Wood router

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A router is a woodworking tool used to rout out (hollow out) an area in the face of a piece of wood. It was a tool particularly used by pattern makers and staircase makers and consisted of a broad-based wooden hand plane with a narrow blade projecting well beyond its base plate gaining it the nickname Old Woman's Tooth. Although the original hand tool has a few advantages over the power tool equivalent and retains favour with some workers, since about 1960, it has all but been replaced by the modern spindle router, which was designed for the same work, although the first electric hand routers appeared in the years just after World War I. Further refinement produced the plunge router, invented by ELU (now part of DeWalt) in Germany in the late 1940s. This is even better adapted for many types of work. Today, traditional hand-powered routers are often called router planes. Some workers consider it to be the single most versatile woodworking power tool. Modern routers are often used in place of traditional moulding planes or spindle moulder machines for edge decoration (moulding) of timber. Related to the router is a smaller, lighter version designed specifically for trimming laminates. It can be used for smaller general routing work. For example, with an appropriate jig it can be used for recessing door hinges and recessing lock faceplates.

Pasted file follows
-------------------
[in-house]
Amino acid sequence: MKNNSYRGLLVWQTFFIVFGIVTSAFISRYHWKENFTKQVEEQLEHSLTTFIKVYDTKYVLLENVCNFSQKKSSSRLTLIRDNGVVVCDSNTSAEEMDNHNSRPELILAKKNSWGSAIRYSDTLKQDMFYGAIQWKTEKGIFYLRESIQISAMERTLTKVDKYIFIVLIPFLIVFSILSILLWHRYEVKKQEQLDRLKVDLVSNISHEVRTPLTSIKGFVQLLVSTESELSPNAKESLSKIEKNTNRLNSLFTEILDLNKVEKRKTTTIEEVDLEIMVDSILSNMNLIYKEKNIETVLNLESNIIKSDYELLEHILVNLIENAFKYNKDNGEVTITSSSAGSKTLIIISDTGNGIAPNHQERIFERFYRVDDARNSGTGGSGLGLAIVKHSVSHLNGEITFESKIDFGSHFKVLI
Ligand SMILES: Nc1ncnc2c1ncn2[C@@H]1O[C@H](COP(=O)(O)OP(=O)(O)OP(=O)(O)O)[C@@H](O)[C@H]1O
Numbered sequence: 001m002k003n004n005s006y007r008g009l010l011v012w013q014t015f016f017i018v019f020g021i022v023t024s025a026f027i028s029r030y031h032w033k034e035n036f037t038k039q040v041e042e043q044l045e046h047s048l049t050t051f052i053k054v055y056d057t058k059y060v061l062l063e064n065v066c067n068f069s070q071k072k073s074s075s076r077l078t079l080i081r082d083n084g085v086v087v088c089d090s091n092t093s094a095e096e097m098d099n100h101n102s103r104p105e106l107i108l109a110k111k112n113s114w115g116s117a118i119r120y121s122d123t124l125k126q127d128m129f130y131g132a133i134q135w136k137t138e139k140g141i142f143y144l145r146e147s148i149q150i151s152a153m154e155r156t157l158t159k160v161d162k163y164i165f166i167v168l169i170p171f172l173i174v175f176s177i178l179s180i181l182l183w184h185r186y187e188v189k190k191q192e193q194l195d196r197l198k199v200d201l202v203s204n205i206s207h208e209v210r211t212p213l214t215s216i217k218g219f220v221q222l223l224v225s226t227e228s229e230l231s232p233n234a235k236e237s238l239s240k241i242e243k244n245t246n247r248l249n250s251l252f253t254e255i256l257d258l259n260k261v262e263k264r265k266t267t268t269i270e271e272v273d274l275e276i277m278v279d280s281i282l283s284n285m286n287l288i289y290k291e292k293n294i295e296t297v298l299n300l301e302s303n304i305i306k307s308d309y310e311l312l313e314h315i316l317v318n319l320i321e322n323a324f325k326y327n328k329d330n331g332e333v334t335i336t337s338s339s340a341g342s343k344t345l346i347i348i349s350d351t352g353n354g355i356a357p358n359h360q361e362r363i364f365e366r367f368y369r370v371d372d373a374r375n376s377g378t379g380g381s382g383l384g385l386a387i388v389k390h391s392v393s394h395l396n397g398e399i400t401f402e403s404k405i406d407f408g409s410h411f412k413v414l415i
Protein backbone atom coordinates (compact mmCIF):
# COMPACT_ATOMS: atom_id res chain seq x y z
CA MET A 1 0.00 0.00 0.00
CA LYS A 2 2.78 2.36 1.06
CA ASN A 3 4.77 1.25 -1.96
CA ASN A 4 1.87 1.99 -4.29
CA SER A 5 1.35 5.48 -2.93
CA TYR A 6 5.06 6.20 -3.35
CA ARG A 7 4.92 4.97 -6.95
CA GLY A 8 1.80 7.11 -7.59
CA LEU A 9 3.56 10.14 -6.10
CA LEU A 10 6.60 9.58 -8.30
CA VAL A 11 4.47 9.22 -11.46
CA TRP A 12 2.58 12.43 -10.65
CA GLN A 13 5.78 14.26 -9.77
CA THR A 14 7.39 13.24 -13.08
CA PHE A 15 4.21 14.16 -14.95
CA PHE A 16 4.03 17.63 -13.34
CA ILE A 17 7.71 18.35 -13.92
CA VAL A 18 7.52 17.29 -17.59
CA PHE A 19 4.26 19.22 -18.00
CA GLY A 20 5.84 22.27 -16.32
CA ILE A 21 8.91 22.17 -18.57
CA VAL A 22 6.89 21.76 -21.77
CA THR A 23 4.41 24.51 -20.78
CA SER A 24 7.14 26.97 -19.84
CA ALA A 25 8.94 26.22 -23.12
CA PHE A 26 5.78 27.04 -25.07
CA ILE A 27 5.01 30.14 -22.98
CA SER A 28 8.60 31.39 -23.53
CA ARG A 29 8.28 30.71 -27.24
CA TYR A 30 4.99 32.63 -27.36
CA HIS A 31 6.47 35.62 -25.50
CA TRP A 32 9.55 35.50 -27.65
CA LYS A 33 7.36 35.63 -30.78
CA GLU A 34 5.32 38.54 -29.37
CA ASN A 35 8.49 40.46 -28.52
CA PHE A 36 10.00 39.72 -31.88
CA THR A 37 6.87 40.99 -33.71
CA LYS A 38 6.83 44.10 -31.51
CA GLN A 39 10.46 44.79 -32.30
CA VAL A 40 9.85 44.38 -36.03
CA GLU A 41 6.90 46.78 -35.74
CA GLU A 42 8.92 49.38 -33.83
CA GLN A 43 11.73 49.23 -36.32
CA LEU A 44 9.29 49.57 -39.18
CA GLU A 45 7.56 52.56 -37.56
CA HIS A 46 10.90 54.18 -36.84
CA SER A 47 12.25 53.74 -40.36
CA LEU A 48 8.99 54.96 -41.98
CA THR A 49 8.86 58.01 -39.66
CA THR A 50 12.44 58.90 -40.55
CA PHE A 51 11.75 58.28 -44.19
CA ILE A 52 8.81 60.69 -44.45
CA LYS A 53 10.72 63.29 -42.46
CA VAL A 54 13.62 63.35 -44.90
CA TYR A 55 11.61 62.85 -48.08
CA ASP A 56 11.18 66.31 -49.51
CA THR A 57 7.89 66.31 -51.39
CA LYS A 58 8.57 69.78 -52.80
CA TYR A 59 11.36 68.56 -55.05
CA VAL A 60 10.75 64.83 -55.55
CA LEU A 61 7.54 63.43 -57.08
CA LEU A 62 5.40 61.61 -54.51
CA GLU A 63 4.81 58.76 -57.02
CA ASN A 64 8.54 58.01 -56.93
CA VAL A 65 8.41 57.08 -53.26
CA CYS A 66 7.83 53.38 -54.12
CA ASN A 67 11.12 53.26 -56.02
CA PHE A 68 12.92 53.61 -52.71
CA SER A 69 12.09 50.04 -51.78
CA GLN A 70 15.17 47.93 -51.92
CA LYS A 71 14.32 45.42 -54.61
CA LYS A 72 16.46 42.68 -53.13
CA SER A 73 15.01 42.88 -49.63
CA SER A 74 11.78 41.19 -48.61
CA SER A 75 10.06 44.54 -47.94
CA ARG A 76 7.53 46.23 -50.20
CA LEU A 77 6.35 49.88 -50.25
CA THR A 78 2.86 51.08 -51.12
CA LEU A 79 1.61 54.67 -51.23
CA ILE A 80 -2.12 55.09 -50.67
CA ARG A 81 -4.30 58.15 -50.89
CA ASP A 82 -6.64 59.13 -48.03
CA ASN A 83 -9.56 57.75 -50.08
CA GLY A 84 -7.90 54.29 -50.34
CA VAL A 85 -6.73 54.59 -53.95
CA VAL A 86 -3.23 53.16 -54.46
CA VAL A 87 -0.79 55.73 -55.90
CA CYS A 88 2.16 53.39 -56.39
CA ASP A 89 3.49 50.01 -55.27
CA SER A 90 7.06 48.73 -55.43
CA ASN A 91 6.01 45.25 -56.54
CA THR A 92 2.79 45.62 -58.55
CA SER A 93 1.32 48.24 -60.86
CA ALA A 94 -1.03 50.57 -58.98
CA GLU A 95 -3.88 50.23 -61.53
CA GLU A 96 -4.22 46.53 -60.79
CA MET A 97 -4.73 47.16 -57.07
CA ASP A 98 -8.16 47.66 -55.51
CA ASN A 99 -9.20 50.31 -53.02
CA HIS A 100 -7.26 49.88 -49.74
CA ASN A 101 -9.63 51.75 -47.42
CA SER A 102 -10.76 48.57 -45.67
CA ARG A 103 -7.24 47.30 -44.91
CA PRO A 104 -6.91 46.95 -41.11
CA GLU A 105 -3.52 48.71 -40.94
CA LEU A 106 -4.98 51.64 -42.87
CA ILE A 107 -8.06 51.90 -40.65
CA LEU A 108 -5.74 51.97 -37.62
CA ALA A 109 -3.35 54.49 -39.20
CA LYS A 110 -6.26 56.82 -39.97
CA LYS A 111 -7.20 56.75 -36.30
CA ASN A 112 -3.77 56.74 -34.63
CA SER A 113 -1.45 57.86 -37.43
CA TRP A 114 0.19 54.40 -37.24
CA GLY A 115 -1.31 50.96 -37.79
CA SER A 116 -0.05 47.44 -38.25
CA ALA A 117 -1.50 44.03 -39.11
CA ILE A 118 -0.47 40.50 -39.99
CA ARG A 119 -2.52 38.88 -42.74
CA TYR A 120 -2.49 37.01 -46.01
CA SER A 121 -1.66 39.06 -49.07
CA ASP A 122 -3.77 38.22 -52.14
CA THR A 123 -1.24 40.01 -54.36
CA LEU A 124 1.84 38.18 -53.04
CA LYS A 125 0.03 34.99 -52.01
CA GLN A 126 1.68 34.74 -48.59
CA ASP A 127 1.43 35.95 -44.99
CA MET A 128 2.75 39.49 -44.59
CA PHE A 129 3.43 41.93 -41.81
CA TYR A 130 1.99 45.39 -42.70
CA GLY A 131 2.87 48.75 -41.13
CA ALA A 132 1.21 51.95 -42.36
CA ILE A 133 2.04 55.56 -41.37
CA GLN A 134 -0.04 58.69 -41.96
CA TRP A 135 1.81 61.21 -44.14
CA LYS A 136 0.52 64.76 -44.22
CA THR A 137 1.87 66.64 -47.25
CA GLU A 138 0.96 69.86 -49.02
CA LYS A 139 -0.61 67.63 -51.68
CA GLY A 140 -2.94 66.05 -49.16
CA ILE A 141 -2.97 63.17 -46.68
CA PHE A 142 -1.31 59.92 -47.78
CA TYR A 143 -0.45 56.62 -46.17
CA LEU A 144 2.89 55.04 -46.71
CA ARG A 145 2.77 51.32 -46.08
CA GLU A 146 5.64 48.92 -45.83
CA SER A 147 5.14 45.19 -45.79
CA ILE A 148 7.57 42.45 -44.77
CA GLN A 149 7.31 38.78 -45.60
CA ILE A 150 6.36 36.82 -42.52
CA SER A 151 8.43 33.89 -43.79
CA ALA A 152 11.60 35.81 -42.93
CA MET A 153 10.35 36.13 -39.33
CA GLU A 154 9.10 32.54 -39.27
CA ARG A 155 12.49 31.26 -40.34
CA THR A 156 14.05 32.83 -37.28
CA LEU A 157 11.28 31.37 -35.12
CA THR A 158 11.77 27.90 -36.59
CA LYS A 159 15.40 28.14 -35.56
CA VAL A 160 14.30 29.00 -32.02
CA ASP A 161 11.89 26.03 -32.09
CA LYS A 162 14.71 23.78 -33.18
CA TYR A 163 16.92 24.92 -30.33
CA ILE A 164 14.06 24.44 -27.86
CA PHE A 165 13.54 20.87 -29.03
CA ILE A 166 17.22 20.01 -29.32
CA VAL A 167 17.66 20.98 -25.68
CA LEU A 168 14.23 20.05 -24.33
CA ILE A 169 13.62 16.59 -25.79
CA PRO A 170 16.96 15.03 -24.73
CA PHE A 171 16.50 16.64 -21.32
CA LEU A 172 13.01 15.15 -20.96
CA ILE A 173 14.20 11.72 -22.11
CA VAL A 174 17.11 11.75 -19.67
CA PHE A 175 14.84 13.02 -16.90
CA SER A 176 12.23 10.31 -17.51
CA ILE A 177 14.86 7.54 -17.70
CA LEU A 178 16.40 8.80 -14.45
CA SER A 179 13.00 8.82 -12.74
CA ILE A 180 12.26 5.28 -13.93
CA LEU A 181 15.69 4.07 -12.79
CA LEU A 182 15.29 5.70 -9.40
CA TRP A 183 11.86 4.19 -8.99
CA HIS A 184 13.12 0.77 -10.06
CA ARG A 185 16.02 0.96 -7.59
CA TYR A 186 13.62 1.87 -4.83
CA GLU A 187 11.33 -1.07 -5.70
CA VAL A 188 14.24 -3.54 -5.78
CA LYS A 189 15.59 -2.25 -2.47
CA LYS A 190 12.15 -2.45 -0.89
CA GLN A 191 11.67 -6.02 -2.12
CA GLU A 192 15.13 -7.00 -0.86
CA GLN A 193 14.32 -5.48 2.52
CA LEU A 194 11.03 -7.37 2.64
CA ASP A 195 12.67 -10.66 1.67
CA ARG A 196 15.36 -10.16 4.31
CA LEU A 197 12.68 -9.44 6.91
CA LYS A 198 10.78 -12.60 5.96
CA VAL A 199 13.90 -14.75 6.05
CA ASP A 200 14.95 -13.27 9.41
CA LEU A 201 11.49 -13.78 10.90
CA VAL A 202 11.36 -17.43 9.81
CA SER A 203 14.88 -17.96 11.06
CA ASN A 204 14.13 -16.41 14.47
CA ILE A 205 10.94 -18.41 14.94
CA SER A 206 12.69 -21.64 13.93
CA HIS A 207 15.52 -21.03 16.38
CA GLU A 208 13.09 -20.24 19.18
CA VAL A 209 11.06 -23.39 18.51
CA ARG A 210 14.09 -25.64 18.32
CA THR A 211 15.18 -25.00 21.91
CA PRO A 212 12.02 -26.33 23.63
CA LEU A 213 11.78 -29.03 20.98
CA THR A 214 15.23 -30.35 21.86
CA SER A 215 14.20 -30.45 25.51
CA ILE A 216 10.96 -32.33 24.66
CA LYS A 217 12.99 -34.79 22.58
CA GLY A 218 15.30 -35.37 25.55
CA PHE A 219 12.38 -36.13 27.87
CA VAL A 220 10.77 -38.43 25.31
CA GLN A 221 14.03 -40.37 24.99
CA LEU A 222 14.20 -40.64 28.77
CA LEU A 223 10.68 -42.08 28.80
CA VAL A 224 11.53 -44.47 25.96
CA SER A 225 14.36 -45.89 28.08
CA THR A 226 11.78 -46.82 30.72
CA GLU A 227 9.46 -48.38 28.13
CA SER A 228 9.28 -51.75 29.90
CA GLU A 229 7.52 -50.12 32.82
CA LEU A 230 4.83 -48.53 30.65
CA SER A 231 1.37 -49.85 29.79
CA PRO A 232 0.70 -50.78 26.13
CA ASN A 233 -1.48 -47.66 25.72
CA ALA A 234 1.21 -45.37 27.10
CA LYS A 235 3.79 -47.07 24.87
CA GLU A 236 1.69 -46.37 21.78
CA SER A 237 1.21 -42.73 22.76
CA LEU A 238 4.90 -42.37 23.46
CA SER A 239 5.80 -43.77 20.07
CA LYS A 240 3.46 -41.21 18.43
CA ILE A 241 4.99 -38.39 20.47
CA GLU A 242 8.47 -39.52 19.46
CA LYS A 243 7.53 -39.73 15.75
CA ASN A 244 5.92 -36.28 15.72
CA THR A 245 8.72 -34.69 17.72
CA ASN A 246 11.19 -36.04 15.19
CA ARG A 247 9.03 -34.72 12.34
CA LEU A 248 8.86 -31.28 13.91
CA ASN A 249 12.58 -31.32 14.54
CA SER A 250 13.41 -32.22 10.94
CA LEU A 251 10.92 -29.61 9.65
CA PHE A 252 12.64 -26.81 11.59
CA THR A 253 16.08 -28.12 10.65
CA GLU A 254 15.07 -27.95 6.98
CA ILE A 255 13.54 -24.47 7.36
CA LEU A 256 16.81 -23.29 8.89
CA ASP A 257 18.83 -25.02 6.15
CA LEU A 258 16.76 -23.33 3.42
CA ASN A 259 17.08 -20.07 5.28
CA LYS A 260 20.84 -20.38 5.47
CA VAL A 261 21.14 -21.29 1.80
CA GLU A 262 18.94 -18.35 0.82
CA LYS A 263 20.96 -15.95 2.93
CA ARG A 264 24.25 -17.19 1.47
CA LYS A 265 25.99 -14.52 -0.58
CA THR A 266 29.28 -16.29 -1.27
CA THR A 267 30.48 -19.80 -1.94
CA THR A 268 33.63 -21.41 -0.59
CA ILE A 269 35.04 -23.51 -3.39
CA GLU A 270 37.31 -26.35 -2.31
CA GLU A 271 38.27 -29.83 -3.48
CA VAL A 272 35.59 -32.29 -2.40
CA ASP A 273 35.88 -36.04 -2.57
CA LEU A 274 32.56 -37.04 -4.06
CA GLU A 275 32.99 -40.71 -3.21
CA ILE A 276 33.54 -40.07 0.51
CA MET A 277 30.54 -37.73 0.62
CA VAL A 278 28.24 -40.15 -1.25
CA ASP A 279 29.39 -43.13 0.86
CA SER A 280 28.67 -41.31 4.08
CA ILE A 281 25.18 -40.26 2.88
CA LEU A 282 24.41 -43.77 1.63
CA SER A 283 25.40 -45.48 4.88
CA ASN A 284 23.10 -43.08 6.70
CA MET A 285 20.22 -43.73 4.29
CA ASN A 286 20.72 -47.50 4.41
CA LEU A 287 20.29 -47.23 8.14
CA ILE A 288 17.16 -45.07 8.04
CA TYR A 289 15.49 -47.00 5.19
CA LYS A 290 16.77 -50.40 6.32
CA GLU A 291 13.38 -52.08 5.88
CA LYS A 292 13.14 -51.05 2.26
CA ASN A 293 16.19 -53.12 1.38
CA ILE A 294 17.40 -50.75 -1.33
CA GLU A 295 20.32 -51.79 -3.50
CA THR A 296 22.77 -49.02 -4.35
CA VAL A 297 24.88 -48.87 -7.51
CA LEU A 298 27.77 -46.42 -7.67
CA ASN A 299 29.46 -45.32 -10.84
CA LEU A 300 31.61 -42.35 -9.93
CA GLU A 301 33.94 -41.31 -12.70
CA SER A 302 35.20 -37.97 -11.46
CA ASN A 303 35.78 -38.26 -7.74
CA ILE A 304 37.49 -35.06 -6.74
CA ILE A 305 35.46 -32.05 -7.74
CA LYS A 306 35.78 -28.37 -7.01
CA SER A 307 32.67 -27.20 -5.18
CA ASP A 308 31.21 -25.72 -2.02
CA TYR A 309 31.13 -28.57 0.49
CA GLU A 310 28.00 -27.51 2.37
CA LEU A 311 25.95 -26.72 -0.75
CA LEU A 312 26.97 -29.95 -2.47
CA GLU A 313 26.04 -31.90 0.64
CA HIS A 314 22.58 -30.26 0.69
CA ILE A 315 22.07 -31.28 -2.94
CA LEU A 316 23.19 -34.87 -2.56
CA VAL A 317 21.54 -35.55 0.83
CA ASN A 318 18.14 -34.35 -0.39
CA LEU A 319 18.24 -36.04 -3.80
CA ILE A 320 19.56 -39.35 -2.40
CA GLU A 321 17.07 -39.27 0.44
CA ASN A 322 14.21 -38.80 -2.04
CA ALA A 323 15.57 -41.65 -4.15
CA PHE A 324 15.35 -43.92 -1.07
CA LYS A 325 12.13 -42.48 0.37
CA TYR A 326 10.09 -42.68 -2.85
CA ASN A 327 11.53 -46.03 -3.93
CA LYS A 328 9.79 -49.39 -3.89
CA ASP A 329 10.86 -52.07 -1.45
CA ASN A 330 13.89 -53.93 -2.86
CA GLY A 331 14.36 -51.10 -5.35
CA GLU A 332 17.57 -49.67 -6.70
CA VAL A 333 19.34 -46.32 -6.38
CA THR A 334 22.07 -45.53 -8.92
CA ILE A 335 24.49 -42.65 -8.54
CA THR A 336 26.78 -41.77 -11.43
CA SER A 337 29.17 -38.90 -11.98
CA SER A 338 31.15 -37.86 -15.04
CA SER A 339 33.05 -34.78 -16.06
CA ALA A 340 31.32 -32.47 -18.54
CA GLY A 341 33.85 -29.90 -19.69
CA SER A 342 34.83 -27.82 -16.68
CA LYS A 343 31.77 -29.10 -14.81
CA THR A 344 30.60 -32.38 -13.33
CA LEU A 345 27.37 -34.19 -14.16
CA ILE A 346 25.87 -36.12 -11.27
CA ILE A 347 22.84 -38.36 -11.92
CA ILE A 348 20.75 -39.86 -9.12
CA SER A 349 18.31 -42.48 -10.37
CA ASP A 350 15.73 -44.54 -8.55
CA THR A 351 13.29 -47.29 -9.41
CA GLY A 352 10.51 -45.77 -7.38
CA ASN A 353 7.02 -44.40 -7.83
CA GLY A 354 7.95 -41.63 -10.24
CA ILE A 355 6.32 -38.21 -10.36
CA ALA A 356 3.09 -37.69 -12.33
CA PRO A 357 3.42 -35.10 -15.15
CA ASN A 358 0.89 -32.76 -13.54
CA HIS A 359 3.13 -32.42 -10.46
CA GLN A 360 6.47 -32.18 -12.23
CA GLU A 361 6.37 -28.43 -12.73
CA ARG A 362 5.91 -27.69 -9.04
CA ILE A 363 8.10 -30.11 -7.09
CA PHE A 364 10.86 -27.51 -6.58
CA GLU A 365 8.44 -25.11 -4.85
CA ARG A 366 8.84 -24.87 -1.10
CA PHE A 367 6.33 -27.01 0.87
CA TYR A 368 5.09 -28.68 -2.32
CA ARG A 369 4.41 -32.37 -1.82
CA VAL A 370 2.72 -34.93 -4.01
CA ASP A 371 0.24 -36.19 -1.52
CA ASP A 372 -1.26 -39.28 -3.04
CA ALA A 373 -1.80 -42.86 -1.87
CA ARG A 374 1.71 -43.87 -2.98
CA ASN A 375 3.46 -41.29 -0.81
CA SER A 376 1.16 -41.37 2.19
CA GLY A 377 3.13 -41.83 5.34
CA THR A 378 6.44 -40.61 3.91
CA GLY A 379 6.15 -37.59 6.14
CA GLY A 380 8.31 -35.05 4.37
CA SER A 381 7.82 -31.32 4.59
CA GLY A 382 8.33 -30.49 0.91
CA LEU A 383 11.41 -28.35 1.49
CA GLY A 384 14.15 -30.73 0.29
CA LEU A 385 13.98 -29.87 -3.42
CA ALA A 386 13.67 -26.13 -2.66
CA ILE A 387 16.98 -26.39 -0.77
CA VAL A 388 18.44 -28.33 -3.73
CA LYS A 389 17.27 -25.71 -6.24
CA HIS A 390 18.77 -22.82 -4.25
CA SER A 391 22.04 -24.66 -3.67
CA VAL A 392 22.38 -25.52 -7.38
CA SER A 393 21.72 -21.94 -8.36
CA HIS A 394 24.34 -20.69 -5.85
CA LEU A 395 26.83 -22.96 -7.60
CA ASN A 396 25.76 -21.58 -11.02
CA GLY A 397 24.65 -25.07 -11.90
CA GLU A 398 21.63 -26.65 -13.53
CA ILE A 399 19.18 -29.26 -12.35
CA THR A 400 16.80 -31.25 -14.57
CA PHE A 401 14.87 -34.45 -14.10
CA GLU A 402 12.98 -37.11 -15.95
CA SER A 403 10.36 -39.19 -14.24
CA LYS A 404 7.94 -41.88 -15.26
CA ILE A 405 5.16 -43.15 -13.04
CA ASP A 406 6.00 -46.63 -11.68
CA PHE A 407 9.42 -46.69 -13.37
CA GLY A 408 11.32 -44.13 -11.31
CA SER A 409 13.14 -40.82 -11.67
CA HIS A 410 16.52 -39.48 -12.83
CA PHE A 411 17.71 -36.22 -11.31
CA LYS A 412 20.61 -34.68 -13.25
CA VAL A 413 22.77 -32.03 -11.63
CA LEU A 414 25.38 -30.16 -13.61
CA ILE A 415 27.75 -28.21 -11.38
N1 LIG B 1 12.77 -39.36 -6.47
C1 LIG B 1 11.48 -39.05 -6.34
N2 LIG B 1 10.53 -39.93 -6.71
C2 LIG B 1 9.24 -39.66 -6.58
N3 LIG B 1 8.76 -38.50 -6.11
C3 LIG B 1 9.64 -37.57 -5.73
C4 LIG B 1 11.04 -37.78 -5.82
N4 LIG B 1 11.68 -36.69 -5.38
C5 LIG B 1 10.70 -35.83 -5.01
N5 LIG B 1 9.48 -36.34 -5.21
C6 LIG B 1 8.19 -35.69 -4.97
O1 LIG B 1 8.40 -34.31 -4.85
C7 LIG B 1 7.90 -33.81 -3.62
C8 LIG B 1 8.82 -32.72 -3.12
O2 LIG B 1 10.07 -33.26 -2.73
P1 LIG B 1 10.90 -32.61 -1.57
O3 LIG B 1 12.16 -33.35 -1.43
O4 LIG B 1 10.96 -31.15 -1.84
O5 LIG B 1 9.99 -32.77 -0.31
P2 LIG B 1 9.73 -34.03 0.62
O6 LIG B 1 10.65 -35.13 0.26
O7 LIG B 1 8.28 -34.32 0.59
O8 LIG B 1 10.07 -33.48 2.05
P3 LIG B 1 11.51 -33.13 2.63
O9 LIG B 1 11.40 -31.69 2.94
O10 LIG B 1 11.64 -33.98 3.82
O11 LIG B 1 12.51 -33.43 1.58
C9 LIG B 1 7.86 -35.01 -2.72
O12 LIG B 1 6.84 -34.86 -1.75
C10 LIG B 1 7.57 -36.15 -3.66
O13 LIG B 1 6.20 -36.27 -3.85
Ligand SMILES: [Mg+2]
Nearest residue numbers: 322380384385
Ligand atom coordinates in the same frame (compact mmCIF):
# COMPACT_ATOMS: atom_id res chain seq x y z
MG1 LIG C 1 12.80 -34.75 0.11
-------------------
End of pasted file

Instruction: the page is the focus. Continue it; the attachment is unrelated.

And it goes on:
Contents

Process

Routing is a high speed process of cutting, trimming, and shaping wood, metal, plastic, and a variety of other materials.

Process characteristics

  • usually routing is limited to soft metals (aluminum etc.) and rigid nonmetals.
  • Specially designed cutters are used for a variety of patterns, cuts, and edging.
  • Both hand controlled and machine controlled/aided routers are common today.

Workpiece geometry

Routing is a shaping process used to produce finished edges and shapes. Some materials that prove difficult to shape with other processes, such as fiber-glass, Kevlar, and graphite, can be shaped and finished neatly via various routing techniques. Apart from finished edges and shaping, cutaways, holes, and contours can also be shaped using routers.

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